We carried on from these days and my DH and I do a bit of everything from cooking to gardening to cleaning. Overall I tend to be the cleaner as I enjoy a good clean more than he does, DH does all the maintenance stuff – mending things, cleaning cars or heavy work. If I need some help I just have to ask rather than wait for him to notice – I live in hope that he would notice first but maybe it is really a man thing that he doesn’t always unless I go around hinting or sighing in a dramatic way! He likes to do anything computer based – order stuff, book hotels, flights etc – that is fine by me. I plan the menus and do the finances though – I like paper based activities and order – so it is safer that I do this but he will research things like best interest rates, electricity deals, pensions and he makes my lunches.
    We don’t have any hard and fast rules – if I am tired he takes over, if he is at work a lot I cope. It works for us and we have no simmering grudges against one another or keep tabs on who has done more or less each week we are fairly tolerant towards each other.

    • Your student system sounds surprisingly civilized! I am used to doing everything from my single parent days, so I have to consciously step back and ensure Rom does house and yard work, and I don’t burn myself out. More on that next time!

  6. It’s an interesting dynamic now, I live in my parental home with my brother, and sometimes his GF. Prior to their departure we agreed we’d continue with the cost of a weekly cleaner, and we each pay alternate weeks. This is good, as there’s no way I want to clean 2-3 toilets!

    My brother works overnight in a bar, and therefore, the household stuff is a very interesting situation. He is in charge of lawn mowing and hedges, though it’s been done once in a month. No one is set the responsibility of the pool, but given I cover electricity bills and they’ve been astronomical, I’ve taken to ensuring the pump is turned off more often.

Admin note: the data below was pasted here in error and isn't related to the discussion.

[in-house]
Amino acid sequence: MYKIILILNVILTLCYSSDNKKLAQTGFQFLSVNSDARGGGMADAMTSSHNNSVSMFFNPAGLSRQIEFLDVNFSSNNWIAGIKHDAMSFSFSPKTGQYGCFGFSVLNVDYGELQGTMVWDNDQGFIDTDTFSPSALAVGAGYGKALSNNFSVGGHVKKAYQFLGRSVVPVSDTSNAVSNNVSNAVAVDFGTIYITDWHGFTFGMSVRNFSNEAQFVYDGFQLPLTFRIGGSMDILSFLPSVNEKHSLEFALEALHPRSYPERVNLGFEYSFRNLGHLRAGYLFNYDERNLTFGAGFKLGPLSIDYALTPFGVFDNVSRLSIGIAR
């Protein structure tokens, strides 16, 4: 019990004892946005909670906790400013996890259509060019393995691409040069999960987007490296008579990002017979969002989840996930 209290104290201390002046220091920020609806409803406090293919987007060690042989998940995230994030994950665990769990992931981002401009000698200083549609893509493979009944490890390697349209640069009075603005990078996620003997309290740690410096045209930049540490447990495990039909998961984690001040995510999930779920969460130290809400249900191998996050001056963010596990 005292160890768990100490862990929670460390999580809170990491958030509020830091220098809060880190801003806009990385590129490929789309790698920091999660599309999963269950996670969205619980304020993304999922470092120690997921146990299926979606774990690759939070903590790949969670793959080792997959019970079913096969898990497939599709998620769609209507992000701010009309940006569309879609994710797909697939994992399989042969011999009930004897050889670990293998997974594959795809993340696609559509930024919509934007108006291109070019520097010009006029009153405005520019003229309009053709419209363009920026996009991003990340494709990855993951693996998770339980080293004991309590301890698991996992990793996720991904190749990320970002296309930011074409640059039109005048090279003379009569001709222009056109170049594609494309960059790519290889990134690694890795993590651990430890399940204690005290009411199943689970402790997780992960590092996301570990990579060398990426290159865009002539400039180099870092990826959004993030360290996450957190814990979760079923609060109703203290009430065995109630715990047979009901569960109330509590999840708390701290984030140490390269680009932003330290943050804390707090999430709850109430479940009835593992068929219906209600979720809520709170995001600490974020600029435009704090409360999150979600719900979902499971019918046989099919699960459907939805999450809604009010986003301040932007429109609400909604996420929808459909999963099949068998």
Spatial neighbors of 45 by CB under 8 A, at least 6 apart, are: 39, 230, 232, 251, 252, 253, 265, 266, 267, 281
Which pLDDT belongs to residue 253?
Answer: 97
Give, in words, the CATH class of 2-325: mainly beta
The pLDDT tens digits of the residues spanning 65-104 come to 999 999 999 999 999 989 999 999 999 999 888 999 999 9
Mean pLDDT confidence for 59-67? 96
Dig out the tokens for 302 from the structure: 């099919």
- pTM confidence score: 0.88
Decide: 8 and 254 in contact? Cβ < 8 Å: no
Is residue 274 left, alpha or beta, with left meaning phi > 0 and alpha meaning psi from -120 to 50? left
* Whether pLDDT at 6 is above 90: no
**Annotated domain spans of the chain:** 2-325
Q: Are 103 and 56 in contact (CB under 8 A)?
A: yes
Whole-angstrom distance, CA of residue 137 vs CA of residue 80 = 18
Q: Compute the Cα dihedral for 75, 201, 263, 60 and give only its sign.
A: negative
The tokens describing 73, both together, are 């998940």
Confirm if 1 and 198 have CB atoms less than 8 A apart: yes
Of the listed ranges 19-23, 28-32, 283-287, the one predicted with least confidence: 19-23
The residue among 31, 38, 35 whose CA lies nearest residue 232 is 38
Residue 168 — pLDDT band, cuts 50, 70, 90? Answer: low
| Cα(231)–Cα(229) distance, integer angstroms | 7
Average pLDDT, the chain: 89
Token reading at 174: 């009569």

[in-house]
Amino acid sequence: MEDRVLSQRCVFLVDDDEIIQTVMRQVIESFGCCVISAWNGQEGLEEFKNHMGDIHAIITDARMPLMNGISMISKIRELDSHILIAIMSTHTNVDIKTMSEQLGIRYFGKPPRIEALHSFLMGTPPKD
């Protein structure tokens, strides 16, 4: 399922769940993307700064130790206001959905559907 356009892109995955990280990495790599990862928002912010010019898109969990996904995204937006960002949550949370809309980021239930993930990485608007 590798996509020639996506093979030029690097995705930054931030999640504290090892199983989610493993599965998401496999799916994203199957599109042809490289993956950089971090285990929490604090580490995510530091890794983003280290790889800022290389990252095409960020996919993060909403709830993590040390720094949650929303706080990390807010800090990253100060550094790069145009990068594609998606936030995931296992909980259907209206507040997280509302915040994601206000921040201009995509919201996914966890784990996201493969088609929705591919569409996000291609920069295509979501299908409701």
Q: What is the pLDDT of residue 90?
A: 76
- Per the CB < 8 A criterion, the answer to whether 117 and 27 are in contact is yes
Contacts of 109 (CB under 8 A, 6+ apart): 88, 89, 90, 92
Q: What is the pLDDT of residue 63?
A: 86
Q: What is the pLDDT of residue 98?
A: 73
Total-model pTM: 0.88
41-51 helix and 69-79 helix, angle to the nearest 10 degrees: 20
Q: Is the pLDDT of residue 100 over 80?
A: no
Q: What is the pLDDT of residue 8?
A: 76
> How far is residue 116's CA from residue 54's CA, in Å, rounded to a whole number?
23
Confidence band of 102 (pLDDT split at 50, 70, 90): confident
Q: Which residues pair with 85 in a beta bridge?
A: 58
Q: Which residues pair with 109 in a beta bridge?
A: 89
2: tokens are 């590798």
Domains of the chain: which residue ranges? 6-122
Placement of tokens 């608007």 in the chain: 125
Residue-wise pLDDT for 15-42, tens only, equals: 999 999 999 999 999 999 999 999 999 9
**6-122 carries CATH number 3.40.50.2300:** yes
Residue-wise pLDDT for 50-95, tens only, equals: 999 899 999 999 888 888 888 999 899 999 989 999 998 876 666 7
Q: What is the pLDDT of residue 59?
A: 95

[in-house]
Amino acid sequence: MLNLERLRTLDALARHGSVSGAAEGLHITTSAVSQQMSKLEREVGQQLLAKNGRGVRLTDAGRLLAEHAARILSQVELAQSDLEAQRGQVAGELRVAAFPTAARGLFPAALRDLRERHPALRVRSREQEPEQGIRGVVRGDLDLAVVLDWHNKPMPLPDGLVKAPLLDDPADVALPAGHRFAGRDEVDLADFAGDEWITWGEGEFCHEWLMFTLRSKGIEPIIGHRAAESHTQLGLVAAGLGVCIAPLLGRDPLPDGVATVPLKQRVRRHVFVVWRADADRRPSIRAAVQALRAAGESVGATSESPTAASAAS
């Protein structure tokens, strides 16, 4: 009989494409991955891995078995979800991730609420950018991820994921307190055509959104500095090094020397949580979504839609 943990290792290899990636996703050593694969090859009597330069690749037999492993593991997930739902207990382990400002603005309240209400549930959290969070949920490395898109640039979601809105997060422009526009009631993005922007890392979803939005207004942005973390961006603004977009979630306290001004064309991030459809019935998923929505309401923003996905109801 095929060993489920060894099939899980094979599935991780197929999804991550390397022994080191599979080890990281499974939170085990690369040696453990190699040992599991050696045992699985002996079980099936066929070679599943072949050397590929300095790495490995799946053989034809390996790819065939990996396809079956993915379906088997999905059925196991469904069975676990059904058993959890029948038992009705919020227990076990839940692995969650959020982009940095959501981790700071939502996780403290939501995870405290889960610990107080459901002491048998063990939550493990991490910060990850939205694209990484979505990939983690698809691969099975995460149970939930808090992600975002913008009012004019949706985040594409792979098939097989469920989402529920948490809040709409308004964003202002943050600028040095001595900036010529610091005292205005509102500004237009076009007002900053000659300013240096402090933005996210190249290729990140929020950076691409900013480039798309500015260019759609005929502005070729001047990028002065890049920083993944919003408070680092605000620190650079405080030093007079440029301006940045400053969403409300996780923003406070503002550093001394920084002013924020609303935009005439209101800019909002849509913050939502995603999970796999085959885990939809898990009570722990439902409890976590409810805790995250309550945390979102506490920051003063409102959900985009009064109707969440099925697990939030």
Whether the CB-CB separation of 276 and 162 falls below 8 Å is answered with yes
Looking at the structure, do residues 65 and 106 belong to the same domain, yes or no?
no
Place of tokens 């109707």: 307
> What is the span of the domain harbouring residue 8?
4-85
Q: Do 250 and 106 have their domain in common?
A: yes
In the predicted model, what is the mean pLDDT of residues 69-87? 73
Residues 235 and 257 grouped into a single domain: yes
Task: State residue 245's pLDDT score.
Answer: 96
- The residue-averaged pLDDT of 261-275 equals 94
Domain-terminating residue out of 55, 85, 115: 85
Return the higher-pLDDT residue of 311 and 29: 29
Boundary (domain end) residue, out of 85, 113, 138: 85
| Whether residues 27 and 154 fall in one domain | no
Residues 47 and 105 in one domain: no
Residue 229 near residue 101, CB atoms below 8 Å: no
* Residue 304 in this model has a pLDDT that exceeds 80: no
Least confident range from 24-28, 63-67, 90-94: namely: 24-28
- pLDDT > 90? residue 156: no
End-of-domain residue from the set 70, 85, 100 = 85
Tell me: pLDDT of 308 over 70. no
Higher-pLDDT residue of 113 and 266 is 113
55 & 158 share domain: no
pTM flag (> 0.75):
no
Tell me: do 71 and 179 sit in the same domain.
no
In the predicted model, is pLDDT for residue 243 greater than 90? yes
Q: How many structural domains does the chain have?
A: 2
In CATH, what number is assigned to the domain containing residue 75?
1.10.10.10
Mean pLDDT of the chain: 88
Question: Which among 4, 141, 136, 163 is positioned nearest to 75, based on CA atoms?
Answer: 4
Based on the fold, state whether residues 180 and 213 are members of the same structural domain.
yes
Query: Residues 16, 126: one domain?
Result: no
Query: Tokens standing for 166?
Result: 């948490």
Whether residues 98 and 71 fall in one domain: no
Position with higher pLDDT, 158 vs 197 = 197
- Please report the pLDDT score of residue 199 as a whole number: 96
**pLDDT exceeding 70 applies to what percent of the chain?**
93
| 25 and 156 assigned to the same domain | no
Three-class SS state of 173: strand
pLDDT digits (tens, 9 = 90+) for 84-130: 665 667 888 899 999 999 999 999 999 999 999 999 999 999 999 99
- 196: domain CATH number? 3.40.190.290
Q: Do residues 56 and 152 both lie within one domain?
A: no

As to general tidiness? I noticed I so seldom FINISH the task. I will leave 1-2 items on the washing line. Or 1-2 things not washed up, or put away. It’s usually for some reason – an odd sock, I’ve just put all other items in that category away, the thing doesn’t have a clear place, it need a special or different cleaning method. It’s annoying me, but I’m not cracking the code! My brother is… also a bit like me. He leaves clothes and shoes in public areas. He is better at washing up his items than I anticipated.

    Oh and we have a dog – that’s been interesting. We ran out of food the day I had a wedding so I sent him a text and he sorted it. But he bought 3 tins, so really, he just patched a hole, and it feels like it now falls to me to buy a bulk amount of food :/ as to walking the dog? I’ve done it twice in a month. It’s not been a family routine, and she is 10.

    • omg, I can’t imagine living in my family home with my brother or sister! I love them both dearly and I’m sure we could work things out. I would enjoy their company but not the division of labour. We are all so different! Rom loves dogs but has chosen not to have one because he doesn’t want the work. I am not sure how I feel about ever having a dog, but I would “owe him one”, since he has lived with my 2 cats all these years! (I know I would love the dog if we had one, but resent the work).

      I do keep in mind that if Rom and I ever had serious disagreements about house or yard work, we would have the option of getting some paid help!

  7. Fiona

    I like the recognition of physical constraints and illness as a factor in all these equations. For some households that’s a defining issue. As I get older I start to ‘see’ more how many people struggle with pain (awful if they live alone.) We’re able-bodied and both work full-time. However, I do almost all of the housework and ‘mental load’ chores. It’s still a huge issue and the gender politics of housework still bugs me enormously! Look forward to more posts on this topic!

  8. Fiona

    He has the ‘cloak of invisibility’ happening, I think. He genuinely feels I’m making much ado about nothing and is puzzled/hurt by how frustrated I get!